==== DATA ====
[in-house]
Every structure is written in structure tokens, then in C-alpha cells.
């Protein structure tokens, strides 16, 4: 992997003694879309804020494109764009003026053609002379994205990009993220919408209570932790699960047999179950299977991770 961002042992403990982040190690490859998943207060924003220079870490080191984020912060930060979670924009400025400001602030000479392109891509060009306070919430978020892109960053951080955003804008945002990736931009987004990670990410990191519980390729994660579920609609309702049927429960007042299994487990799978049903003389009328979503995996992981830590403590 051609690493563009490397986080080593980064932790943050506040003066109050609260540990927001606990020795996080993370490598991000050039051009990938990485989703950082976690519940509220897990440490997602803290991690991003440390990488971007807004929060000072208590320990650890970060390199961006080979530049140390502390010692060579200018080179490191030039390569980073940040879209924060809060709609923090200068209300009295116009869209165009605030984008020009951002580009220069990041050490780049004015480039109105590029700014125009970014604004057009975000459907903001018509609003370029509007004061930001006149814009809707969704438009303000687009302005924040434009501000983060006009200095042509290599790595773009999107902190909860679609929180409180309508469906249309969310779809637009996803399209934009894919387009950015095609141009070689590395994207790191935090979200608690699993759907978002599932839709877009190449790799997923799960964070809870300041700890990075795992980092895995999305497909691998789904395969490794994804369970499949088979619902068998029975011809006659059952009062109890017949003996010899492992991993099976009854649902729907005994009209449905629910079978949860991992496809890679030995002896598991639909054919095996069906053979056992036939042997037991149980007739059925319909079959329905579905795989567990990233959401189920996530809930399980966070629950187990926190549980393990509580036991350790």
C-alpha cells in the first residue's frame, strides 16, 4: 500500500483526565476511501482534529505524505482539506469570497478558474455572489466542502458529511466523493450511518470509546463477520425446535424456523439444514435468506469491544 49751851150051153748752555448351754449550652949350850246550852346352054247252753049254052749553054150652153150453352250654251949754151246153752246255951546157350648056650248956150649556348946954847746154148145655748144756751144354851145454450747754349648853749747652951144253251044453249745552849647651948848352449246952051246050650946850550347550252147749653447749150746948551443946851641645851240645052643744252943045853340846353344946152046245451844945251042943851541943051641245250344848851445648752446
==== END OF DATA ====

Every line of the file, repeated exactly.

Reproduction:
[in-house]
Every structure is written in structure tokens, then in C-alpha cells.
């Protein structure tokens, strides 16, 4: 992997003694879309804020494109764009003026053609002379994205990009993220919408209570932790699960047999179950299977991770 961002042992403990982040190690490859998943207060924003220079870490080191984020912060930060979670924009400025400001602030000479392109891509060009306070919430978020892109960053951080955003804008945002990736931009987004990670990410990191519980390729994660579920609609309702049927429960007042299994487990799978049903003389009328979503995996992981830590403590 051609690493563009490397986080080593980064932790943050506040003066109050609260540990927001606990020795996080993370490598991000050039051009990938990485989703950082976690519940509220897990440490997602803290991690991003440390990488971007807004929060000072208590320990650890970060390199961006080979530049140390502390010692060579200018080179490191030039390569980073940040879209924060809060709609923090200068209300009295116009869209165009605030984008020009951002580009220069990041050490780049004015480039109105590029700014125009970014604004057009975000459907903001018509609003370029509007004061930001006149814009809707969704438009303000687009302005924040434009501000983060006009200095042509290599790595773009999107902190909860679609929180409180309508469906249309969310779809637009996803399209934009894919387009950015095609141009070689590395994207790191935090979200608690699993759907978002599932839709877009190449790799997923799960964070809870300041700890990075795992980092895995999305497909691998789904395969490794994804369970499949088979619902068998029975011809006659059952009062109890017949003996010899492992991993099976009854649902729907005994009209449905629910079978949860991992496809890679030995002896598991639909054919095996069906053979056992036939042997037991149980007739059925319909079959329905579905795989567990990233959401189920996530809930399980966070629950187990926190549980393990509580036991350790």
C-alpha cells in the first residue's frame, strides 16, 4: 500500500483526565476511501482534529505524505482539506469570497478558474455572489466542502458529511466523493450511518470509546463477520425446535424456523439444514435468506469491544 49751851150051153748752555448351754449550652949350850246550852346352054247252753049254052749553054150652153150453352250654251949754151246153752246255951546157350648056650248956150649556348946954847746154148145655748144756751144354851145454450747754349648853749747652951144253251044453249745552849647651948848352449246952051246050650946850550347550252147749653447749150746948551443946851641645851240645052643744252943045853340846353344946152046245451844945251042943851541943051641245250344848851445648752446